Thinking of getting a Blue Heeler? This lively and intelligent breed is not suitable for all situations, so first read up and make sure it’s a fit.

Origins of the Blue Heeler are not completely known. It is definite, however, that they were bred in Australia from a mix of various cattle dog breeds (possibly blue dotted Collies, Australian Kelpies, Bull Terriers and Dalmatians) along with wild dingoes in a successful attempt to come up with a dog tough enough to survive the harsh outback country. They will herd anything that moves. Their tall, often over-sized ears, bright eyes, and mischievous personalities speak loudly to their dingo ancestors. It’s this ancestry which makes the Blue Heeler both an extra interesting pet, and possibly a troublesome companion.

Blue Heelers are often also called Queensland Heelers, Australian Heeler, and Australian Cattle Dog: Many breeders now call them ACD. There is also a smaller, redder, breed which I (and many others) call the Red Heeler. Both the Red and Blue Heeler are Australian Cattle Dogs but they are quite distinct from each other. The red ones are quite red with white undertones, and the blue ones are black with the white undertones. In my opinion calling them Red Heelers and Blue Heelers makes a lot more sense than lumping the breed into “Australian Cattle Dog.”

We adopted a Blue Heeler from the pound a few years ago, and have been getting to know the breed since then. Fortunately we live on a ranch with lots of space, and have been able to adapt to our Blue Heelers needs. But one thing is sure; the Blue Heeler breed is not suited for all living environments.

Heelers Will Bite and Nip

The Blue Heeler is bred with a very deep herding instinct. Their tool is their mouth. Everything is tested and touched with the mouth which is good both for licks and bites. Heelers are famous for nipping at the heels, and they live true to their names. A good heeler is constantly looking for an opportunity to sneak up behind someone or something and give them a little nip. It is done both in love and with a desire to push and correct.

A Heeler usually has a very soft mouth and doesn’t bite to hurt, just to push and correct. In the wrong conditions, however, such as when a person pulls quickly away in fear, they can draw blood! Blue Heelers are actually tagged in police dockets as the dog with the most biting complaints. They cannot be left alone and unrestrained in conditions where they are surrounded by people (or even cattle for that matter!)

Blue Heelers are very smart, and completely confident in their assessment of right and wrong. They have a very definite code of behavior that they expect every living thing around them to live up to. Our Heeler (named Kyle) does not like anyone who walks to the beat of a different drummer. If you come into our house and display any odd behavior, like a funny laugh, a happy skip, or if you like to wander by yourself, you will get a quick nip in the back of the heel to straighten you up! I have noticed that Kyle has an uncanny ability to always pick on the person who can’t handle being picked on. If you are afraid and nervous he will hunt you down. The more someone reacts in fear, the more he pushes them. If you are afraid, obviously something is wrong with you and you need to be corrected. This makes great sense to him.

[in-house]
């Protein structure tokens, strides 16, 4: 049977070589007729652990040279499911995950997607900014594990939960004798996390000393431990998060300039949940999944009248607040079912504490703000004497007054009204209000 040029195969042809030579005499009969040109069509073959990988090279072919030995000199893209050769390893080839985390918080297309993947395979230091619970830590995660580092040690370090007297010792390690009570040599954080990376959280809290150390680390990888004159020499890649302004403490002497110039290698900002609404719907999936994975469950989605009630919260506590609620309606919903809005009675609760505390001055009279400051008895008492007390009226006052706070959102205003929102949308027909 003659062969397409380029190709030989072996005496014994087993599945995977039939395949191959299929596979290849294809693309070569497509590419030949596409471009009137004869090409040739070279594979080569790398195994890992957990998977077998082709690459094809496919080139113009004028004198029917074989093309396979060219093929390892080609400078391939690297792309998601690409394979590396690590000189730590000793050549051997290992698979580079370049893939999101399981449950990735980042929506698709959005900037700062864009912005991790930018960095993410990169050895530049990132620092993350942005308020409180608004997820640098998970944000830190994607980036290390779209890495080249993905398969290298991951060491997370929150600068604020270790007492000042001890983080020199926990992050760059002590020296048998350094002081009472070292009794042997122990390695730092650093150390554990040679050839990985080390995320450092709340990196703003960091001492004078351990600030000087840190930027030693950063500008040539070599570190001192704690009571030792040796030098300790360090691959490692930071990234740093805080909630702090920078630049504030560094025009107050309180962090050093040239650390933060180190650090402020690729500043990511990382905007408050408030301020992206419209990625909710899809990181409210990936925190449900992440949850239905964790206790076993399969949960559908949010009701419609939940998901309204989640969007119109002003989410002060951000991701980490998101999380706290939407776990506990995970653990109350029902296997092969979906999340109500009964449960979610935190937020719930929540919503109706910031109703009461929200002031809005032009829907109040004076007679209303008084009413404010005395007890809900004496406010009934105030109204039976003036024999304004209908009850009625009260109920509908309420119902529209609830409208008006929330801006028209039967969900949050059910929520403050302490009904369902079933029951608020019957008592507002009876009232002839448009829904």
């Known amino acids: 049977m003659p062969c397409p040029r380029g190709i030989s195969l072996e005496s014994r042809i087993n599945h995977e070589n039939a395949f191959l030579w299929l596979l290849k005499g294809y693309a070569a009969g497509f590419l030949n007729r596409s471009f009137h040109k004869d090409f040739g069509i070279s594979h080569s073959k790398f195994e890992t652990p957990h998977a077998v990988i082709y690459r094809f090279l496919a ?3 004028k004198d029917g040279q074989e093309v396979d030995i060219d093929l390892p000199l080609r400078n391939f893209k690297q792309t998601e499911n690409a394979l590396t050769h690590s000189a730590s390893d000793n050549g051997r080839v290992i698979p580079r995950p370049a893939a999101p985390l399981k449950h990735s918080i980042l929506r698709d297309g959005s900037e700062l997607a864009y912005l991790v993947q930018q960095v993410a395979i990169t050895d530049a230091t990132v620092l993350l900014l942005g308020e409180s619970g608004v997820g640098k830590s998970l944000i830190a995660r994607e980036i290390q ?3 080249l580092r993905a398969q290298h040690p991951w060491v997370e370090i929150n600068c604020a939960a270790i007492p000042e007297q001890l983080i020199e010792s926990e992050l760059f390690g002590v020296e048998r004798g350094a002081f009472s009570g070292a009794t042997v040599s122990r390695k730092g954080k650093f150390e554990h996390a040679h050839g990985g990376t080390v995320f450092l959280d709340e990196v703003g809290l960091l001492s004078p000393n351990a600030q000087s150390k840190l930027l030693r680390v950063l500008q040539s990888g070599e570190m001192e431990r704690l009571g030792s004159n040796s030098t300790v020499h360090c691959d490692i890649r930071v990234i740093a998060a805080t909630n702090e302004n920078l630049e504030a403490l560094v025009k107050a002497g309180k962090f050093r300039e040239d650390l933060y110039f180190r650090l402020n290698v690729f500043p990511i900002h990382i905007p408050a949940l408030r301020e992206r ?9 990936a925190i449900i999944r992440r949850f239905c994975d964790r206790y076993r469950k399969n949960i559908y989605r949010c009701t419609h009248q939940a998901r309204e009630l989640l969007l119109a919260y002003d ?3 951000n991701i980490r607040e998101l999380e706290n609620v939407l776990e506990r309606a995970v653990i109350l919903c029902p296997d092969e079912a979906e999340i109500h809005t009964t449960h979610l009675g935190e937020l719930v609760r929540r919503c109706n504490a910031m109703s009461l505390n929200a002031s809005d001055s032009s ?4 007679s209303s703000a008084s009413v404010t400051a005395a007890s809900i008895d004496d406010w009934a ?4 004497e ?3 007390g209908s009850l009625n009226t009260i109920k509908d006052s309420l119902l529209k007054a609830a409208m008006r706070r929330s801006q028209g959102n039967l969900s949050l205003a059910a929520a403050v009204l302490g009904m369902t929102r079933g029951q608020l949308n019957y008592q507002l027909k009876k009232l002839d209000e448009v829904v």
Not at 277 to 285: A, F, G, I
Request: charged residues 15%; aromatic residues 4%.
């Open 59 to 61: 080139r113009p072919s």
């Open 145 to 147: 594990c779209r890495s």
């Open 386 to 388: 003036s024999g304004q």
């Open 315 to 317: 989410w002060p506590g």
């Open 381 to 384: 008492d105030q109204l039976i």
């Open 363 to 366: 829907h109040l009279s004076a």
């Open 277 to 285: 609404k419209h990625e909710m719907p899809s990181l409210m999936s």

You are in particular trouble if you knock unexpectedly on the door! It will take Kyle quite a long time to forgive you for sneaking up on him! It should also be noted that he stalks his prey with an evil stance and glint in his eye. Though he is really the sweetest creature I have ever met, I never blame anyone for quivering in his presence (which, of course, just makes things worse!)

We keep our heeler under control, but this could be real trouble for a new dog owner who does not have experience in training a dog. A heeler out of control will definitely get in trouble. You can’t baby a heeler, you have to let them know that they are second in command.

Heelers Need a Lot of Space

Heelers need a lot of exercise. They are a high-energy breed that enjoys running. They are quite fond of chasing balls and sticks. Kyle loves to swim and thrives on being chased around the house. He is crazy about cows and can spot one a mile away. He is protective, and hates to be abandoned or kept away from his people. All these reasons make a Heeler not suitable for apartment life. A heeler would hate to be surrounded by strangers who aren’t living up to their code of behavior. They would hate to never see a cow. Spending every day alone in an apartment would be torture, and not getting enough exercise would lead to difficult behaviors.

If you do end up with a Heeler in an apartment special care will need to be taken to get them socialized and exercised. Get them all the attention you can and you’ll have a good dog.

Heelers are Smart

I personally think Blue Heelers are the smartest dog alive. I have no scientific evidence to the fact but the look in a Heeler’s eyes is brighter than any other breed. I’m sure it’s the Dingo in there: wild, wily, curious, and slightly dangerous. I swear my Heeler can talk. He is very vocal, and knows numerous words. He loves to sing, and has particular songs that he joins in with.

In conclusion, if you don’t believe me about Blue Heelers being the smartest dog alive, I would like to introduce you to Skidboot and his movies on Youtube. Skidboot could talk, count, talk on the phone and managed to make his owner a million dollars. If that’s not smart, I’d like to see something better!